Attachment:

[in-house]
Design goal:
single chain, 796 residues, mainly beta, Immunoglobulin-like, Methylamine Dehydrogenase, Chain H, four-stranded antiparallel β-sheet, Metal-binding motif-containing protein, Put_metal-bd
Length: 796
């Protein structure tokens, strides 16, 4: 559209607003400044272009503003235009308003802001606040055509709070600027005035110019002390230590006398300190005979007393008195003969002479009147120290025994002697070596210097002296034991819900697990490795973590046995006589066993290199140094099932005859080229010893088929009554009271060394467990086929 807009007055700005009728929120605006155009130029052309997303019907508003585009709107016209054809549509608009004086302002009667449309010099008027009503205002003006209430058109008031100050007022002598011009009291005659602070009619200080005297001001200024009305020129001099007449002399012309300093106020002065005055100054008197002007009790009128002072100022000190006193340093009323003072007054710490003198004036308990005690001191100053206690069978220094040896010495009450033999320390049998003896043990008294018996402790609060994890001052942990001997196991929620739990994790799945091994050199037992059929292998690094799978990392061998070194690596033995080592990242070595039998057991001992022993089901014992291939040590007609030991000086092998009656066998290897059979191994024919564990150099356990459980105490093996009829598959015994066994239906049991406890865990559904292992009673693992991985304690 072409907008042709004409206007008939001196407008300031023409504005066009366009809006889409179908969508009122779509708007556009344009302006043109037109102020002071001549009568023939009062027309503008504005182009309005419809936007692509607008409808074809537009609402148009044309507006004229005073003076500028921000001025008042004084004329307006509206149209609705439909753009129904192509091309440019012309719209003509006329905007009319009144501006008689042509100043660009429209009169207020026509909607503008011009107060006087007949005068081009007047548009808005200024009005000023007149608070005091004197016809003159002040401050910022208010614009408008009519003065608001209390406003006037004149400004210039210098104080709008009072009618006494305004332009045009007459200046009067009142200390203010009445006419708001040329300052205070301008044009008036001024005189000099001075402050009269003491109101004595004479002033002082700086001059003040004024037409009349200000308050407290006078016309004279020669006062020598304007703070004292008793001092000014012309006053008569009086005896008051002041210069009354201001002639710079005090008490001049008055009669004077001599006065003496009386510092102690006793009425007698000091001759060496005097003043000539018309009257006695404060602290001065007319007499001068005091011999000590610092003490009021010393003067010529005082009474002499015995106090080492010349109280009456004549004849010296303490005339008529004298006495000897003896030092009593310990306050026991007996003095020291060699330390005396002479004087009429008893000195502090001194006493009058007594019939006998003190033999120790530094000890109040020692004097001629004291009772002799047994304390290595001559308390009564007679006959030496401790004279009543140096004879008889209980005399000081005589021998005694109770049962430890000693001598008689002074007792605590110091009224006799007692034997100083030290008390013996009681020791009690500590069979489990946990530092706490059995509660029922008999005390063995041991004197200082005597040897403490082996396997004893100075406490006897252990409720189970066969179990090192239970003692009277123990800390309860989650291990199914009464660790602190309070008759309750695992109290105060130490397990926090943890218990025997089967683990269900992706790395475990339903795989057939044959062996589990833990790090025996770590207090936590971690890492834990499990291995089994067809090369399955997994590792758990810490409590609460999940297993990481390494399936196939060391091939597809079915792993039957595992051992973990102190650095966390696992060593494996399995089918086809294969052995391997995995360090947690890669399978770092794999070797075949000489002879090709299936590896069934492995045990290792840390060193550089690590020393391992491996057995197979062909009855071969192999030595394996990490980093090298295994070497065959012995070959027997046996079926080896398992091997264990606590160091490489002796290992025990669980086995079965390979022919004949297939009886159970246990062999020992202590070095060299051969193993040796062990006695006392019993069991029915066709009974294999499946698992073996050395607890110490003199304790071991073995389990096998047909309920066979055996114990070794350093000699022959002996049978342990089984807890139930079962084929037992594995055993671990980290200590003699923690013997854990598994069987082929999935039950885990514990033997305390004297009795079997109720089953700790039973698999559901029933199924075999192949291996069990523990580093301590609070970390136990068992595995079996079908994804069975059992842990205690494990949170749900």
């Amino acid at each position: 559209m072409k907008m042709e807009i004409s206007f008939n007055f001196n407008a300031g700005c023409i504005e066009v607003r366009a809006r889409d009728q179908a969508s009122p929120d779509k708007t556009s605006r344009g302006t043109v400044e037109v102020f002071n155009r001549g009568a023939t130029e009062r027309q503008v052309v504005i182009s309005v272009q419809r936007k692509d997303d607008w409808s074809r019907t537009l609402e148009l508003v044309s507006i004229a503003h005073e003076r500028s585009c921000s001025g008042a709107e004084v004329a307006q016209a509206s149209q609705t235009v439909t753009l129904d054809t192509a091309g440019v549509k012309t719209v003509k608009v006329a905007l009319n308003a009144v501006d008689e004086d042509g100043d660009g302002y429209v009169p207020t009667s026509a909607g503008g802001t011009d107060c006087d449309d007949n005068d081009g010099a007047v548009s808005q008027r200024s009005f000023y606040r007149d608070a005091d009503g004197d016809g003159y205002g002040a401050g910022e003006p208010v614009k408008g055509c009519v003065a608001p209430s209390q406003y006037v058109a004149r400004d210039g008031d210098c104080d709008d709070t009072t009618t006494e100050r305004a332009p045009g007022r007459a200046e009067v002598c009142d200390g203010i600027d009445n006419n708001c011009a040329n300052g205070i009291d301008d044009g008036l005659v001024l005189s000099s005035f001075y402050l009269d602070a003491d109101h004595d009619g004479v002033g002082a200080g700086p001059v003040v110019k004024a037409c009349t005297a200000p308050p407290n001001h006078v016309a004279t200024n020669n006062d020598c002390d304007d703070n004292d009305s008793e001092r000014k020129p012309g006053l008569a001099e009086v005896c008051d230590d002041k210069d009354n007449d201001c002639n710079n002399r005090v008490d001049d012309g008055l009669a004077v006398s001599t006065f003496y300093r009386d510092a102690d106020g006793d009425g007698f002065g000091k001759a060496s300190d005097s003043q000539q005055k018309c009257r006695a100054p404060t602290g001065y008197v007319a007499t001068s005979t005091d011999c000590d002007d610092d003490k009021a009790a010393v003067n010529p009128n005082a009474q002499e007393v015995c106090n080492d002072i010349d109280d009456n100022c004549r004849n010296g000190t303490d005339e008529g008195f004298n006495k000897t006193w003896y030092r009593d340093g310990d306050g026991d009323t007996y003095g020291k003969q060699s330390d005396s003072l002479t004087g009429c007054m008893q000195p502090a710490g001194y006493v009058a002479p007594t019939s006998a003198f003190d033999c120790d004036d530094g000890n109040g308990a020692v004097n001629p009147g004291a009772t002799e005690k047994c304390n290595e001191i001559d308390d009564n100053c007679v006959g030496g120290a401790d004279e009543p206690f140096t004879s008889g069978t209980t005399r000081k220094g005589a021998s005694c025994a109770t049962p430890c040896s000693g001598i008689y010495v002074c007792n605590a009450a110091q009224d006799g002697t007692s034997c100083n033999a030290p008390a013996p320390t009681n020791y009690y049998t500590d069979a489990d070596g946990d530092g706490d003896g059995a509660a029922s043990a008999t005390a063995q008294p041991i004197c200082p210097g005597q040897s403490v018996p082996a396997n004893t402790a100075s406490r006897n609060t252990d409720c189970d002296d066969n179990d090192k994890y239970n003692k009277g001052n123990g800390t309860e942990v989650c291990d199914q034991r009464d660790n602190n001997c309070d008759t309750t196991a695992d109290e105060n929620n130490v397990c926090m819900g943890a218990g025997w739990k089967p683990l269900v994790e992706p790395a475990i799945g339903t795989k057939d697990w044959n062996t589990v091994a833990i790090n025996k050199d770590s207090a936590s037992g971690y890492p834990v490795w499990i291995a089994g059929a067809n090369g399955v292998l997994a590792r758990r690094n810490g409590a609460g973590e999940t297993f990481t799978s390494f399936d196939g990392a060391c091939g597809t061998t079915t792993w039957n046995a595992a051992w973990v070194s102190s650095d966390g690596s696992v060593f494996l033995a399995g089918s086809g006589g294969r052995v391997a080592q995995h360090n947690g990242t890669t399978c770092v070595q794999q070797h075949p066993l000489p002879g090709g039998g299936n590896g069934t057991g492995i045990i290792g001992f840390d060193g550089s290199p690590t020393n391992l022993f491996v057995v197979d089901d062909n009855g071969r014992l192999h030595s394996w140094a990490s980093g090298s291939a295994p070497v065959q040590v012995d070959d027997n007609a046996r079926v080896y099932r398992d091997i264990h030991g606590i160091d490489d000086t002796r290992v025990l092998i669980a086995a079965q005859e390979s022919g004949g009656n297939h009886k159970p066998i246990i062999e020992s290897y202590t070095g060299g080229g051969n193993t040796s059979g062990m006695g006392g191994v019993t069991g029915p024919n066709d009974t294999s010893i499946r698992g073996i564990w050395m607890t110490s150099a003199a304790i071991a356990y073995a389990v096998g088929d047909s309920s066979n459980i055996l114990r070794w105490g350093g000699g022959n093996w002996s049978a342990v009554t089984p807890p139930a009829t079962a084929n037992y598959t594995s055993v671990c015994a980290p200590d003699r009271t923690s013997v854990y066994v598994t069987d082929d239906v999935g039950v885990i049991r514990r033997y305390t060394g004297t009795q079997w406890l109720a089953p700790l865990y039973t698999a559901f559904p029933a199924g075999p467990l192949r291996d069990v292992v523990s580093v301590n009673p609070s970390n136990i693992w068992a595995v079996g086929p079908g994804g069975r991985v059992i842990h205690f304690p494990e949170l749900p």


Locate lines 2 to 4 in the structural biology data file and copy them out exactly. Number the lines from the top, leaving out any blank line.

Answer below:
Design goal:
single chain, 796 residues, mainly beta, Immunoglobulin-like, Methylamine Dehydrogenase, Chain H, four-stranded antiparallel β-sheet, Metal-binding motif-containing protein, Put_metal-bd
Length: 796